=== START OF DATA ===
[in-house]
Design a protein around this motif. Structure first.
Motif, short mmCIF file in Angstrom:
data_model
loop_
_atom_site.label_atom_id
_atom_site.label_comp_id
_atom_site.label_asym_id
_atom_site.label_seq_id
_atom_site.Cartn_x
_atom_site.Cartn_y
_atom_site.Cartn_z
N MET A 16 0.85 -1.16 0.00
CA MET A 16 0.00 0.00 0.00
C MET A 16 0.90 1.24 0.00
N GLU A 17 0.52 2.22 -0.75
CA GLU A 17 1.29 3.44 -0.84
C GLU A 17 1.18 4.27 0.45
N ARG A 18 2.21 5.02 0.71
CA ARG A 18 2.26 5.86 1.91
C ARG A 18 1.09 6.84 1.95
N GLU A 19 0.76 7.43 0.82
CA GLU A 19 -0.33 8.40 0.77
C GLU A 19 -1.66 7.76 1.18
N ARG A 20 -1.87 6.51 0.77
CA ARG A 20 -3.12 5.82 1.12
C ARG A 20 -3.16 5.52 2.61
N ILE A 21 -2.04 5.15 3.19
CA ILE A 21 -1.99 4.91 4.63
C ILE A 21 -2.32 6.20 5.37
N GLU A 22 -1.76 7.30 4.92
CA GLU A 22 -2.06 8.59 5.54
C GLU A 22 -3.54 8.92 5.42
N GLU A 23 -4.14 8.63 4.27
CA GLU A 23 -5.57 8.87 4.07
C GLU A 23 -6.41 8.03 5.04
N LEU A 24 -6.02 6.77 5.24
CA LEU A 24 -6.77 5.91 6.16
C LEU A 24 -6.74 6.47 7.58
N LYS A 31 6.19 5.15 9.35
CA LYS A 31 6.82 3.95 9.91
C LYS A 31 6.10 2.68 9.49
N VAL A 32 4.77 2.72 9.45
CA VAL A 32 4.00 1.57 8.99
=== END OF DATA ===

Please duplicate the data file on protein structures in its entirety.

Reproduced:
[in-house]
Design a protein around this motif. Structure first.
Motif, short mmCIF file in Angstrom:
data_model
loop_
_atom_site.label_atom_id
_atom_site.label_comp_id
_atom_site.label_asym_id
_atom_site.label_seq_id
_atom_site.Cartn_x
_atom_site.Cartn_y
_atom_site.Cartn_z
N MET A 16 0.85 -1.16 0.00
CA MET A 16 0.00 0.00 0.00
C MET A 16 0.90 1.24 0.00
N GLU A 17 0.52 2.22 -0.75
CA GLU A 17 1.29 3.44 -0.84
C GLU A 17 1.18 4.27 0.45
N ARG A 18 2.21 5.02 0.71
CA ARG A 18 2.26 5.86 1.91
C ARG A 18 1.09 6.84 1.95
N GLU A 19 0.76 7.43 0.82
CA GLU A 19 -0.33 8.40 0.77
C GLU A 19 -1.66 7.76 1.18
N ARG A 20 -1.87 6.51 0.77
CA ARG A 20 -3.12 5.82 1.12
C ARG A 20 -3.16 5.52 2.61
N ILE A 21 -2.04 5.15 3.19
CA ILE A 21 -1.99 4.91 4.63
C ILE A 21 -2.32 6.20 5.37
N GLU A 22 -1.76 7.30 4.92
CA GLU A 22 -2.06 8.59 5.54
C GLU A 22 -3.54 8.92 5.42
N GLU A 23 -4.14 8.63 4.27
CA GLU A 23 -5.57 8.87 4.07
C GLU A 23 -6.41 8.03 5.04
N LEU A 24 -6.02 6.77 5.24
CA LEU A 24 -6.77 5.91 6.16
C LEU A 24 -6.74 6.47 7.58
N LYS A 31 6.19 5.15 9.35
CA LYS A 31 6.82 3.95 9.91
C LYS A 31 6.10 2.68 9.49
N VAL A 32 4.77 2.72 9.45
CA VAL A 32 4.00 1.57 8.99